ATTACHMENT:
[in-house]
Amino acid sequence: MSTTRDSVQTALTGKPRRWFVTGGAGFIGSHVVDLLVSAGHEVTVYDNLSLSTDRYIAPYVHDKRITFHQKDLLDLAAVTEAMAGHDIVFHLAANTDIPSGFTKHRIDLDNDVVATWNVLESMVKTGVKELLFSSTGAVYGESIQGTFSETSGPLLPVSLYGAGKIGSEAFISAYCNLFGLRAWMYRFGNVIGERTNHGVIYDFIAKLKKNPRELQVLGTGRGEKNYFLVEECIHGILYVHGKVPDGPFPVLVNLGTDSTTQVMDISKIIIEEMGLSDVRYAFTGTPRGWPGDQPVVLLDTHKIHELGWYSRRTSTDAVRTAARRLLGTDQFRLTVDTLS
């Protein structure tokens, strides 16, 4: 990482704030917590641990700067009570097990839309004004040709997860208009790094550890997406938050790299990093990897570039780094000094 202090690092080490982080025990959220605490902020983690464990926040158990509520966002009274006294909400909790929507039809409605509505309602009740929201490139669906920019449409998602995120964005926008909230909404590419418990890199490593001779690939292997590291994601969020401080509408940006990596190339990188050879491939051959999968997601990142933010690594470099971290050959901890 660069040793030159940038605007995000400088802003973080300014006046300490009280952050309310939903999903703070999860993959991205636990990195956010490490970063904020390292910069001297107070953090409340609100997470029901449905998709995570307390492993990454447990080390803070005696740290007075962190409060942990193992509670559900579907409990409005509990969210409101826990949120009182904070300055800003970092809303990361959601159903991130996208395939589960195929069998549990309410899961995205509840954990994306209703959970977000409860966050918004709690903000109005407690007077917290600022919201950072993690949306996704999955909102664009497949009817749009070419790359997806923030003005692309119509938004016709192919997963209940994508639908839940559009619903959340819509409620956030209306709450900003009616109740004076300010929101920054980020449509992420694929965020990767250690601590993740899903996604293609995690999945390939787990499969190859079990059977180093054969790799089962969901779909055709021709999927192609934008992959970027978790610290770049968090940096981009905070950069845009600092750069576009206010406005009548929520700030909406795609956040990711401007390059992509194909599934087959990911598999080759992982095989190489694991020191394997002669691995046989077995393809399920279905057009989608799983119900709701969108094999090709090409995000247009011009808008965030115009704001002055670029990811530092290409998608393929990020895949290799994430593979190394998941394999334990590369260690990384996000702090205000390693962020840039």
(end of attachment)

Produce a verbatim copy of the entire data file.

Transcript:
[in-house]
Amino acid sequence: MSTTRDSVQTALTGKPRRWFVTGGAGFIGSHVVDLLVSAGHEVTVYDNLSLSTDRYIAPYVHDKRITFHQKDLLDLAAVTEAMAGHDIVFHLAANTDIPSGFTKHRIDLDNDVVATWNVLESMVKTGVKELLFSSTGAVYGESIQGTFSETSGPLLPVSLYGAGKIGSEAFISAYCNLFGLRAWMYRFGNVIGERTNHGVIYDFIAKLKKNPRELQVLGTGRGEKNYFLVEECIHGILYVHGKVPDGPFPVLVNLGTDSTTQVMDISKIIIEEMGLSDVRYAFTGTPRGWPGDQPVVLLDTHKIHELGWYSRRTSTDAVRTAARRLLGTDQFRLTVDTLS
């Protein structure tokens, strides 16, 4: 990482704030917590641990700067009570097990839309004004040709997860208009790094550890997406938050790299990093990897570039780094000094 202090690092080490982080025990959220605490902020983690464990926040158990509520966002009274006294909400909790929507039809409605509505309602009740929201490139669906920019449409998602995120964005926008909230909404590419418990890199490593001779690939292997590291994601969020401080509408940006990596190339990188050879491939051959999968997601990142933010690594470099971290050959901890 660069040793030159940038605007995000400088802003973080300014006046300490009280952050309310939903999903703070999860993959991205636990990195956010490490970063904020390292910069001297107070953090409340609100997470029901449905998709995570307390492993990454447990080390803070005696740290007075962190409060942990193992509670559900579907409990409005509990969210409101826990949120009182904070300055800003970092809303990361959601159903991130996208395939589960195929069998549990309410899961995205509840954990994306209703959970977000409860966050918004709690903000109005407690007077917290600022919201950072993690949306996704999955909102664009497949009817749009070419790359997806923030003005692309119509938004016709192919997963209940994508639908839940559009619903959340819509409620956030209306709450900003009616109740004076300010929101920054980020449509992420694929965020990767250690601590993740899903996604293609995690999945390939787990499969190859079990059977180093054969790799089962969901779909055709021709999927192609934008992959970027978790610290770049968090940096981009905070950069845009600092750069576009206010406005009548929520700030909406795609956040990711401007390059992509194909599934087959990911598999080759992982095989190489694991020191394997002669691995046989077995393809399920279905057009989608799983119900709701969108094999090709090409995000247009011009808008965030115009704001002055670029990811530092290409998608393929990020895949290799994430593979190394998941394999334990590369260690990384996000702090205000390693962020840039």